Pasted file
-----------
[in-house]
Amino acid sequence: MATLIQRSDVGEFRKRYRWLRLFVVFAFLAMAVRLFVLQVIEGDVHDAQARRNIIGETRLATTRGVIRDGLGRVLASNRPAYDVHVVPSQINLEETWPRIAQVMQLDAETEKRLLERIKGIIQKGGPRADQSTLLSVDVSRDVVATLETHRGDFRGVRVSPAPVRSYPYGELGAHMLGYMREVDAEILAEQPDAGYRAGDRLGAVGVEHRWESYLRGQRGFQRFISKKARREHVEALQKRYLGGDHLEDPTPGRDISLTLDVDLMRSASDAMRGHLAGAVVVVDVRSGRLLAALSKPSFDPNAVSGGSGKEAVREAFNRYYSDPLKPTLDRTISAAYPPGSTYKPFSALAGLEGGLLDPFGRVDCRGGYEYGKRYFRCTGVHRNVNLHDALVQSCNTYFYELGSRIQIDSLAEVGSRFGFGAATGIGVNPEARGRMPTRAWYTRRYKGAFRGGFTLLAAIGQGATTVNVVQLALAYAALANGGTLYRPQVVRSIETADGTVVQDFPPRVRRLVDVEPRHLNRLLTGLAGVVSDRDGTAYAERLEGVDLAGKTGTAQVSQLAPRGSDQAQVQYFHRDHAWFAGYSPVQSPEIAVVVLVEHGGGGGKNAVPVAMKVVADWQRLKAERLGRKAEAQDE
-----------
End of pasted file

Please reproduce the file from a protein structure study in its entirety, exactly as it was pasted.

[in-house]
Amino acid sequence: MATLIQRSDVGEFRKRYRWLRLFVVFAFLAMAVRLFVLQVIEGDVHDAQARRNIIGETRLATTRGVIRDGLGRVLASNRPAYDVHVVPSQINLEETWPRIAQVMQLDAETEKRLLERIKGIIQKGGPRADQSTLLSVDVSRDVVATLETHRGDFRGVRVSPAPVRSYPYGELGAHMLGYMREVDAEILAEQPDAGYRAGDRLGAVGVEHRWESYLRGQRGFQRFISKKARREHVEALQKRYLGGDHLEDPTPGRDISLTLDVDLMRSASDAMRGHLAGAVVVVDVRSGRLLAALSKPSFDPNAVSGGSGKEAVREAFNRYYSDPLKPTLDRTISAAYPPGSTYKPFSALAGLEGGLLDPFGRVDCRGGYEYGKRYFRCTGVHRNVNLHDALVQSCNTYFYELGSRIQIDSLAEVGSRFGFGAATGIGVNPEARGRMPTRAWYTRRYKGAFRGGFTLLAAIGQGATTVNVVQLALAYAALANGGTLYRPQVVRSIETADGTVVQDFPPRVRRLVDVEPRHLNRLLTGLAGVVSDRDGTAYAERLEGVDLAGKTGTAQVSQLAPRGSDQAQVQYFHRDHAWFAGYSPVQSPEIAVVVLVEHGGGGGKNAVPVAMKVVADWQRLKAERLGRKAEAQDE